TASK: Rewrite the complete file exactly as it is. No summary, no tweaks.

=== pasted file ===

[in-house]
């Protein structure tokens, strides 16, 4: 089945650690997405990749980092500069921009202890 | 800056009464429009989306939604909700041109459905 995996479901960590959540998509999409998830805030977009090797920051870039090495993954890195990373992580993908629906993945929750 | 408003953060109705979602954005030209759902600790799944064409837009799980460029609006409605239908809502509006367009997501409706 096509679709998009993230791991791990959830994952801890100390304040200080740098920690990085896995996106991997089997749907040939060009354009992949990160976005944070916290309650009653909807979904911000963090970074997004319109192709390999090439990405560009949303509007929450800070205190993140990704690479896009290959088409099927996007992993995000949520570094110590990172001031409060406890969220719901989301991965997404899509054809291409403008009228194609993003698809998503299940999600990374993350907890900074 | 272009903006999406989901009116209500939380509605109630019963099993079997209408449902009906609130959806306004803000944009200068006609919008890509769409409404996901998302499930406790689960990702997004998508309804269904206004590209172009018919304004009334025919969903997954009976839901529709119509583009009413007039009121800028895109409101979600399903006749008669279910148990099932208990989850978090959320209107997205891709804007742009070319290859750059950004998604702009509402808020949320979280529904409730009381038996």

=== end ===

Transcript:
[in-house]
């Protein structure tokens, strides 16, 4: 089945650690997405990749980092500069921009202890 | 800056009464429009989306939604909700041109459905 995996479901960590959540998509999409998830805030977009090797920051870039090495993954890195990373992580993908629906993945929750 | 408003953060109705979602954005030209759902600790799944064409837009799980460029609006409605239908809502509006367009997501409706 096509679709998009993230791991791990959830994952801890100390304040200080740098920690990085896995996106991997089997749907040939060009354009992949990160976005944070916290309650009653909807979904911000963090970074997004319109192709390999090439990405560009949303509007929450800070205190993140990704690479896009290959088409099927996007992993995000949520570094110590990172001031409060406890969220719901989301991965997404899509054809291409403008009228194609993003698809998503299940999600990374993350907890900074 | 272009903006999406989901009116209500939380509605109630019963099993079997209408449902009906609130959806306004803000944009200068006609919008890509769409409404996901998302499930406790689960990702997004998508309804269904206004590209172009018919304004009334025919969903997954009976839901529709119509583009009413007039009121800028895109409101979600399903006749008669279910148990099932208990989850978090959320209107997205891709804007742009070319290859750059950004998604702009509402808020949320979280529904409730009381038996």